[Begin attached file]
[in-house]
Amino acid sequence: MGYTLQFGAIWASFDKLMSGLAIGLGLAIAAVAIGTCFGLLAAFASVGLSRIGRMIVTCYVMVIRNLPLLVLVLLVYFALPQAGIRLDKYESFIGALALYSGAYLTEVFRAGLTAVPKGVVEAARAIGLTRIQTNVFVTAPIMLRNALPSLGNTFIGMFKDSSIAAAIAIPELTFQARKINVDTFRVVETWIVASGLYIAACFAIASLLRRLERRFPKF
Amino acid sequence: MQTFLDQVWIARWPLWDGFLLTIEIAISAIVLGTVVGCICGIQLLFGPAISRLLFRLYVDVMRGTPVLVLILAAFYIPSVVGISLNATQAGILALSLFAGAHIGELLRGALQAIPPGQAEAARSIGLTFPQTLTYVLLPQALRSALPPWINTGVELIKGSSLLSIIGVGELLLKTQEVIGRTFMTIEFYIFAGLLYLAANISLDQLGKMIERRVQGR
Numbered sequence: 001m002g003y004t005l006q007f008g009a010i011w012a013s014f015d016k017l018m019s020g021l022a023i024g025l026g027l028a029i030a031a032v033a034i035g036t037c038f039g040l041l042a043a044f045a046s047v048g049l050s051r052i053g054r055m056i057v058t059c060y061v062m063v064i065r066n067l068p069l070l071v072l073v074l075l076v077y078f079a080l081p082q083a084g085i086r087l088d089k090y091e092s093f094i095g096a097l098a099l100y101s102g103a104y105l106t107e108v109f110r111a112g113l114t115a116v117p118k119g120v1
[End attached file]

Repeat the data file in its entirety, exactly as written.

[in-house]
Amino acid sequence: MGYTLQFGAIWASFDKLMSGLAIGLGLAIAAVAIGTCFGLLAAFASVGLSRIGRMIVTCYVMVIRNLPLLVLVLLVYFALPQAGIRLDKYESFIGALALYSGAYLTEVFRAGLTAVPKGVVEAARAIGLTRIQTNVFVTAPIMLRNALPSLGNTFIGMFKDSSIAAAIAIPELTFQARKINVDTFRVVETWIVASGLYIAACFAIASLLRRLERRFPKF
Amino acid sequence: MQTFLDQVWIARWPLWDGFLLTIEIAISAIVLGTVVGCICGIQLLFGPAISRLLFRLYVDVMRGTPVLVLILAAFYIPSVVGISLNATQAGILALSLFAGAHIGELLRGALQAIPPGQAEAARSIGLTFPQTLTYVLLPQALRSALPPWINTGVELIKGSSLLSIIGVGELLLKTQEVIGRTFMTIEFYIFAGLLYLAANISLDQLGKMIERRVQGR
Numbered sequence: 001m002g003y004t005l006q007f008g009a010i011w012a013s014f015d016k017l018m019s020g021l022a023i024g025l026g027l028a029i030a031a032v033a034i035g036t037c038f039g040l041l042a043a044f045a046s047v048g049l050s051r052i053g054r055m056i057v058t059c060y061v062m063v064i065r066n067l068p069l070l071v072l073v074l075l076v077y078f079a080l081p082q083a084g085i086r087l088d089k090y091e092s093f094i095g096a097l098a099l100y101s102g103a104y105l106t107e108v109f110r111a112g113l114t115a116v117p118k119g120v1